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Bright future seen for grain sorghum
Grain sorghum just doesn’t have potential in biofuel production; it has a very bright future that could put it in a position to take over other feedstock sources for ethanol product.
"Sorghum has been greatly undervalued as a feedstock for biofuels in the future,” says Daphne Preuss of Chromatin Inc., a research and development corporation.
Preuss spoke at the National Sorghum Producer’s general session held this morning at the Commodity Classic in Kissimmee, Florida.
"Consider that sorghum is a high-yielding, nutrient-efficient and a drought tolerant crop that can be cultivated on over 80% of the world’s agricultural land,” Preuss told growers.
The crop’s drought tolerance alone puts sorghum in a premier position for huge growth in the future for ethanol production.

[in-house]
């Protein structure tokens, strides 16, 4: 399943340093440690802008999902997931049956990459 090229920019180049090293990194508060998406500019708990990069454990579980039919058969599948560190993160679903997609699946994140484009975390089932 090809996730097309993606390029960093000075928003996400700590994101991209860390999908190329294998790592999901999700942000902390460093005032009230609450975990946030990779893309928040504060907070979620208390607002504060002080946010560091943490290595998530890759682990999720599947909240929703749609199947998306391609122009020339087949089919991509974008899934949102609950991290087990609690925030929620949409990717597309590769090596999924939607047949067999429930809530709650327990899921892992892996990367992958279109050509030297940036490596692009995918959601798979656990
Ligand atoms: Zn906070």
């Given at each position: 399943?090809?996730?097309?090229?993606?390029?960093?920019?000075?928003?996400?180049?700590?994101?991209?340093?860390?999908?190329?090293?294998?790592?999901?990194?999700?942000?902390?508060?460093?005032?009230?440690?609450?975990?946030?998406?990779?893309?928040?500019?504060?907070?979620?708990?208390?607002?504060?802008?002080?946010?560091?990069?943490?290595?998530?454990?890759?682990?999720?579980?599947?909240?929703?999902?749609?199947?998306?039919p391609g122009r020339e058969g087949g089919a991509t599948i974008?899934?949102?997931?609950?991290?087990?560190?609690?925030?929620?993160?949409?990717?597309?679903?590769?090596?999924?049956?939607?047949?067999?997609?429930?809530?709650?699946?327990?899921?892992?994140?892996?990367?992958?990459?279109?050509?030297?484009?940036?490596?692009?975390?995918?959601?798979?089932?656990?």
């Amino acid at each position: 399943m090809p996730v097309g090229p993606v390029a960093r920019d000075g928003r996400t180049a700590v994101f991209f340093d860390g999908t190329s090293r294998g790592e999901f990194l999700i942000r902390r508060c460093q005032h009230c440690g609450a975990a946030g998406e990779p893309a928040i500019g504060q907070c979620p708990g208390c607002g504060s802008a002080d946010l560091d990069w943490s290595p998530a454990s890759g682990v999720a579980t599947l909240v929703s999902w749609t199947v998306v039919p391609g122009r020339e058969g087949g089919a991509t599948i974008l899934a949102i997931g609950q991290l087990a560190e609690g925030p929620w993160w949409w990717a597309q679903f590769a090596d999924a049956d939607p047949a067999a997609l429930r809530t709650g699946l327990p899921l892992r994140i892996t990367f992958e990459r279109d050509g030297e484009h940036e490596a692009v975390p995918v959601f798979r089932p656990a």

“Now we have heard a lot about other feedstock sources such as perennials (like miscanthus). But unlike most perennial crop alternatives, sorghum produces both starch, sugar and cellulose . . . all of which can be used for biofuel production. Plus, milo can be used as livestock feed, takes just four months from seeding to harvest to produce a crop, is a high-yielding hybrid and enjoys a well established infrastructure and solid agronomics for it to sustain rapid growth in the future.”
When sorghum is compared to other biofuel feedstocks (like corn and sugarane), the crop has the advantage of requiring fewer nutrient inputs and less water.
“And as water resources, in particular, become more valuable and as growing populations require more productivity from low-quality land, sorghum is in the position to meet the growing needs for more biofuels,” Preuss adds. “For example, the water use for a 50,000 acre project using sorghum, instead of irrigated sugarcane, to create a biofuel feedstock saves enough water to meet the needs of a 1 million-plus size city for one day.”
And what is the potential in biomass feedstock growth in the future? “That demand is projected to be 600 million tons by 2020,” Preuss said. “This represents a four time expansion from where we are now.”